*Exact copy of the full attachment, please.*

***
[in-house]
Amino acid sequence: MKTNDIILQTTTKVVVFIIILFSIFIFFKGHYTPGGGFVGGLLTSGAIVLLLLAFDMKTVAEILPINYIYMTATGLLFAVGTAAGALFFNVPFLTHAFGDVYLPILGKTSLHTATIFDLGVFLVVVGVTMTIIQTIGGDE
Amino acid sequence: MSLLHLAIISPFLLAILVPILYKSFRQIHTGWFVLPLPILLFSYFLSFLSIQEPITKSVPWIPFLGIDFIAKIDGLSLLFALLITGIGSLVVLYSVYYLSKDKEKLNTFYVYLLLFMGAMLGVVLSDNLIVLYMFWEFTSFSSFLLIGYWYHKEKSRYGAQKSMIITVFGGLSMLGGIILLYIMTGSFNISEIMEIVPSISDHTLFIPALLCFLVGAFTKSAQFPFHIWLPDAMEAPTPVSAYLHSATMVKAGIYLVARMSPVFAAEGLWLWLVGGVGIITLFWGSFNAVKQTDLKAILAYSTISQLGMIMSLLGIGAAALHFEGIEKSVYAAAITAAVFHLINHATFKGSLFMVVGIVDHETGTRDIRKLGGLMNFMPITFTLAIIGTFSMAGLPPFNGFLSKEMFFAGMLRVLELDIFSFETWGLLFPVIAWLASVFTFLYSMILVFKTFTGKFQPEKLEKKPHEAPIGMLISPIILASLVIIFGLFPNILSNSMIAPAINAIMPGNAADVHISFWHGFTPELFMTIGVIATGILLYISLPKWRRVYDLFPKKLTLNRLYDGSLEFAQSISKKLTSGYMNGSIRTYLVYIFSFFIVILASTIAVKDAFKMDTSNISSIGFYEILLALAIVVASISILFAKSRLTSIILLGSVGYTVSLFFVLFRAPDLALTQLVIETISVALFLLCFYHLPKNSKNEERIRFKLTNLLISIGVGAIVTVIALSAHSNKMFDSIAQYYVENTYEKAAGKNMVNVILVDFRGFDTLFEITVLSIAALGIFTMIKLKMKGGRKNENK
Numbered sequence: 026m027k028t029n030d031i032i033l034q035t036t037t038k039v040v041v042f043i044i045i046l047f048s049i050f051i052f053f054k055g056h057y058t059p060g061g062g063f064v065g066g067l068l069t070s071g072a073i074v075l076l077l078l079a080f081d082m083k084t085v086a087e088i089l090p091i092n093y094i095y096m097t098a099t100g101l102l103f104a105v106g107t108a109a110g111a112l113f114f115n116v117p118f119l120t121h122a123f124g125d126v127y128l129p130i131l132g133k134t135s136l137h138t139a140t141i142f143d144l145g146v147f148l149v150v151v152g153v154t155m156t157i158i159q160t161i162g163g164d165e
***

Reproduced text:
[in-house]
Amino acid sequence: MKTNDIILQTTTKVVVFIIILFSIFIFFKGHYTPGGGFVGGLLTSGAIVLLLLAFDMKTVAEILPINYIYMTATGLLFAVGTAAGALFFNVPFLTHAFGDVYLPILGKTSLHTATIFDLGVFLVVVGVTMTIIQTIGGDE
Amino acid sequence: MSLLHLAIISPFLLAILVPILYKSFRQIHTGWFVLPLPILLFSYFLSFLSIQEPITKSVPWIPFLGIDFIAKIDGLSLLFALLITGIGSLVVLYSVYYLSKDKEKLNTFYVYLLLFMGAMLGVVLSDNLIVLYMFWEFTSFSSFLLIGYWYHKEKSRYGAQKSMIITVFGGLSMLGGIILLYIMTGSFNISEIMEIVPSISDHTLFIPALLCFLVGAFTKSAQFPFHIWLPDAMEAPTPVSAYLHSATMVKAGIYLVARMSPVFAAEGLWLWLVGGVGIITLFWGSFNAVKQTDLKAILAYSTISQLGMIMSLLGIGAAALHFEGIEKSVYAAAITAAVFHLINHATFKGSLFMVVGIVDHETGTRDIRKLGGLMNFMPITFTLAIIGTFSMAGLPPFNGFLSKEMFFAGMLRVLELDIFSFETWGLLFPVIAWLASVFTFLYSMILVFKTFTGKFQPEKLEKKPHEAPIGMLISPIILASLVIIFGLFPNILSNSMIAPAINAIMPGNAADVHISFWHGFTPELFMTIGVIATGILLYISLPKWRRVYDLFPKKLTLNRLYDGSLEFAQSISKKLTSGYMNGSIRTYLVYIFSFFIVILASTIAVKDAFKMDTSNISSIGFYEILLALAIVVASISILFAKSRLTSIILLGSVGYTVSLFFVLFRAPDLALTQLVIETISVALFLLCFYHLPKNSKNEERIRFKLTNLLISIGVGAIVTVIALSAHSNKMFDSIAQYYVENTYEKAAGKNMVNVILVDFRGFDTLFEITVLSIAALGIFTMIKLKMKGGRKNENK
Numbered sequence: 026m027k028t029n030d031i032i033l034q035t036t037t038k039v040v041v042f043i044i045i046l047f048s049i050f051i052f053f054k055g056h057y058t059p060g061g062g063f064v065g066g067l068l069t070s071g072a073i074v075l076l077l078l079a080f081d082m083k084t085v086a087e088i089l090p091i092n093y094i095y096m097t098a099t100g101l102l103f104a105v106g107t108a109a110g111a112l113f114f115n116v117p118f119l120t121h122a123f124g125d126v127y128l129p130i131l132g133k134t135s136l137h138t139a140t141i142f143d144l145g146v147f148l149v150v151v152g153v154t155m156t157i158i159q160t161i162g163g164d165e